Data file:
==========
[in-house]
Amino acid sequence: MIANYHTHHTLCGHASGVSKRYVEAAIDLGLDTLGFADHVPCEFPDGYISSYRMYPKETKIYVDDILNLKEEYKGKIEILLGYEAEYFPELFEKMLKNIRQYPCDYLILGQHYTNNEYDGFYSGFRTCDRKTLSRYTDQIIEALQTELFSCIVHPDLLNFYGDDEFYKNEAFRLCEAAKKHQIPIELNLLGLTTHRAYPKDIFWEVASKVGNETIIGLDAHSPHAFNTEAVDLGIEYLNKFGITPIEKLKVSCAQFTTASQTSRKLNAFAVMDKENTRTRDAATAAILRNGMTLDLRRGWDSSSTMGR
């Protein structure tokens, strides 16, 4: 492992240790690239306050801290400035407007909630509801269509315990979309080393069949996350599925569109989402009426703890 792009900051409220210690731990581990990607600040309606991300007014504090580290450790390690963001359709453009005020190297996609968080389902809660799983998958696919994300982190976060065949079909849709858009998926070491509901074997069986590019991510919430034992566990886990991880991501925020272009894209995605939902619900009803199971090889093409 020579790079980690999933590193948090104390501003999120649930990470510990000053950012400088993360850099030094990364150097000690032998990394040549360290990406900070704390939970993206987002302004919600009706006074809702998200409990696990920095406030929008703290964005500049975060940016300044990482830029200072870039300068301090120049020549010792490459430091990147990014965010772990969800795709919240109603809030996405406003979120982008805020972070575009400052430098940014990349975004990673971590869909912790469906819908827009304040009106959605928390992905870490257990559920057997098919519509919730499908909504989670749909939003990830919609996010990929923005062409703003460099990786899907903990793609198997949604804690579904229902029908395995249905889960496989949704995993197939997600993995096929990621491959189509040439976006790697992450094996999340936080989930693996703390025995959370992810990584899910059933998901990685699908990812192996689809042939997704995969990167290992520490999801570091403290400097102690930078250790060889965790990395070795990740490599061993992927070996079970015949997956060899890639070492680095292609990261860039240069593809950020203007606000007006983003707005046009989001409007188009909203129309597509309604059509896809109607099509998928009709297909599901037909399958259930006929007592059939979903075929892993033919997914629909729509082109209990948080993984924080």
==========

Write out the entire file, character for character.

[in-house]
Amino acid sequence: MIANYHTHHTLCGHASGVSKRYVEAAIDLGLDTLGFADHVPCEFPDGYISSYRMYPKETKIYVDDILNLKEEYKGKIEILLGYEAEYFPELFEKMLKNIRQYPCDYLILGQHYTNNEYDGFYSGFRTCDRKTLSRYTDQIIEALQTELFSCIVHPDLLNFYGDDEFYKNEAFRLCEAAKKHQIPIELNLLGLTTHRAYPKDIFWEVASKVGNETIIGLDAHSPHAFNTEAVDLGIEYLNKFGITPIEKLKVSCAQFTTASQTSRKLNAFAVMDKENTRTRDAATAAILRNGMTLDLRRGWDSSSTMGR
């Protein structure tokens, strides 16, 4: 492992240790690239306050801290400035407007909630509801269509315990979309080393069949996350599925569109989402009426703890 792009900051409220210690731990581990990607600040309606991300007014504090580290450790390690963001359709453009005020190297996609968080389902809660799983998958696919994300982190976060065949079909849709858009998926070491509901074997069986590019991510919430034992566990886990991880991501925020272009894209995605939902619900009803199971090889093409 020579790079980690999933590193948090104390501003999120649930990470510990000053950012400088993360850099030094990364150097000690032998990394040549360290990406900070704390939970993206987002302004919600009706006074809702998200409990696990920095406030929008703290964005500049975060940016300044990482830029200072870039300068301090120049020549010792490459430091990147990014965010772990969800795709919240109603809030996405406003979120982008805020972070575009400052430098940014990349975004990673971590869909912790469906819908827009304040009106959605928390992905870490257990559920057997098919519509919730499908909504989670749909939003990830919609996010990929923005062409703003460099990786899907903990793609198997949604804690579904229902029908395995249905889960496989949704995993197939997600993995096929990621491959189509040439976006790697992450094996999340936080989930693996703390025995959370992810990584899910059933998901990685699908990812192996689809042939997704995969990167290992520490999801570091403290400097102690930078250790060889965790990395070795990740490599061993992927070996079970015949997956060899890639070492680095292609990261860039240069593809950020203007606000007006983003707005046009989001409007188009909203129309597509309604059509896809109607099509998928009709297909599901037909399958259930006929007592059939979903075929892993033919997914629909729509082109209990948080993984924080």